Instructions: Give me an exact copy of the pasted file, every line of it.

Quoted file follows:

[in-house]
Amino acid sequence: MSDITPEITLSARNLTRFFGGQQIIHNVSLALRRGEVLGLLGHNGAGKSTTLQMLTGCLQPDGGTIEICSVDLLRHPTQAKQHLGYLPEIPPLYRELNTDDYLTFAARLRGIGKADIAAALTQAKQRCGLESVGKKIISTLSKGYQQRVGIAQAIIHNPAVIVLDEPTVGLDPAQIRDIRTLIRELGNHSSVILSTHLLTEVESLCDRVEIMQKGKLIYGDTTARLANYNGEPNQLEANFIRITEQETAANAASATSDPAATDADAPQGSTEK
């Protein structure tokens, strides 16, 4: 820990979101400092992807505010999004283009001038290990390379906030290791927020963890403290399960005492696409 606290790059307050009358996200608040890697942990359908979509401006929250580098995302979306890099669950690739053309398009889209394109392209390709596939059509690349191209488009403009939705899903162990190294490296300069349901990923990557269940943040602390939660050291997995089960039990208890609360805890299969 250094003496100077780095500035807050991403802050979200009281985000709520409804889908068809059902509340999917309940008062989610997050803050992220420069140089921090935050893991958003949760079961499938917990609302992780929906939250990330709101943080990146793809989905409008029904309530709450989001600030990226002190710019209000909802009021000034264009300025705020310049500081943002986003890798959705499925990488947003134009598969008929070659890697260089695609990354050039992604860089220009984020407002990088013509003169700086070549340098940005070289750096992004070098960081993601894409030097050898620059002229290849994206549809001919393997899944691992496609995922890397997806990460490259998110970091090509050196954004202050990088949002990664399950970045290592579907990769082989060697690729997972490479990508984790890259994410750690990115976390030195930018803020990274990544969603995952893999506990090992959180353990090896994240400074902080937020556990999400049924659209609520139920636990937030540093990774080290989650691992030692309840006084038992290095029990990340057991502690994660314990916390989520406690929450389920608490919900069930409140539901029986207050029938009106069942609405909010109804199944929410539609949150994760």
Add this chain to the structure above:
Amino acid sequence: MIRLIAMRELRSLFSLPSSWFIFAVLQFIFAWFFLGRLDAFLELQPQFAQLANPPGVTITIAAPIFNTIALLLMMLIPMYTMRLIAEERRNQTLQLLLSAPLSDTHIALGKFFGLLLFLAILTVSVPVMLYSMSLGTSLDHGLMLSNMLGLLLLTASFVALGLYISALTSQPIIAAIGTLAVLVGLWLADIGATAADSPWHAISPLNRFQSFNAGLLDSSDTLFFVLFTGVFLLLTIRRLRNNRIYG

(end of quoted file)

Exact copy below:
[in-house]
Amino acid sequence: MSDITPEITLSARNLTRFFGGQQIIHNVSLALRRGEVLGLLGHNGAGKSTTLQMLTGCLQPDGGTIEICSVDLLRHPTQAKQHLGYLPEIPPLYRELNTDDYLTFAARLRGIGKADIAAALTQAKQRCGLESVGKKIISTLSKGYQQRVGIAQAIIHNPAVIVLDEPTVGLDPAQIRDIRTLIRELGNHSSVILSTHLLTEVESLCDRVEIMQKGKLIYGDTTARLANYNGEPNQLEANFIRITEQETAANAASATSDPAATDADAPQGSTEK
């Protein structure tokens, strides 16, 4: 820990979101400092992807505010999004283009001038290990390379906030290791927020963890403290399960005492696409 606290790059307050009358996200608040890697942990359908979509401006929250580098995302979306890099669950690739053309398009889209394109392209390709596939059509690349191209488009403009939705899903162990190294490296300069349901990923990557269940943040602390939660050291997995089960039990208890609360805890299969 250094003496100077780095500035807050991403802050979200009281985000709520409804889908068809059902509340999917309940008062989610997050803050992220420069140089921090935050893991958003949760079961499938917990609302992780929906939250990330709101943080990146793809989905409008029904309530709450989001600030990226002190710019209000909802009021000034264009300025705020310049500081943002986003890798959705499925990488947003134009598969008929070659890697260089695609990354050039992604860089220009984020407002990088013509003169700086070549340098940005070289750096992004070098960081993601894409030097050898620059002229290849994206549809001919393997899944691992496609995922890397997806990460490259998110970091090509050196954004202050990088949002990664399950970045290592579907990769082989060697690729997972490479990508984790890259994410750690990115976390030195930018803020990274990544969603995952893999506990090992959180353990090896994240400074902080937020556990999400049924659209609520139920636990937030540093990774080290989650691992030692309840006084038992290095029990990340057991502690994660314990916390989520406690929450389920608490919900069930409140539901029986207050029938009106069942609405909010109804199944929410539609949150994760």
Add this chain to the structure above:
Amino acid sequence: MIRLIAMRELRSLFSLPSSWFIFAVLQFIFAWFFLGRLDAFLELQPQFAQLANPPGVTITIAAPIFNTIALLLMMLIPMYTMRLIAEERRNQTLQLLLSAPLSDTHIALGKFFGLLLFLAILTVSVPVMLYSMSLGTSLDHGLMLSNMLGLLLLTASFVALGLYISALTSQPIIAAIGTLAVLVGLWLADIGATAADSPWHAISPLNRFQSFNAGLLDSSDTLFFVLFTGVFLLLTIRRLRNNRIYG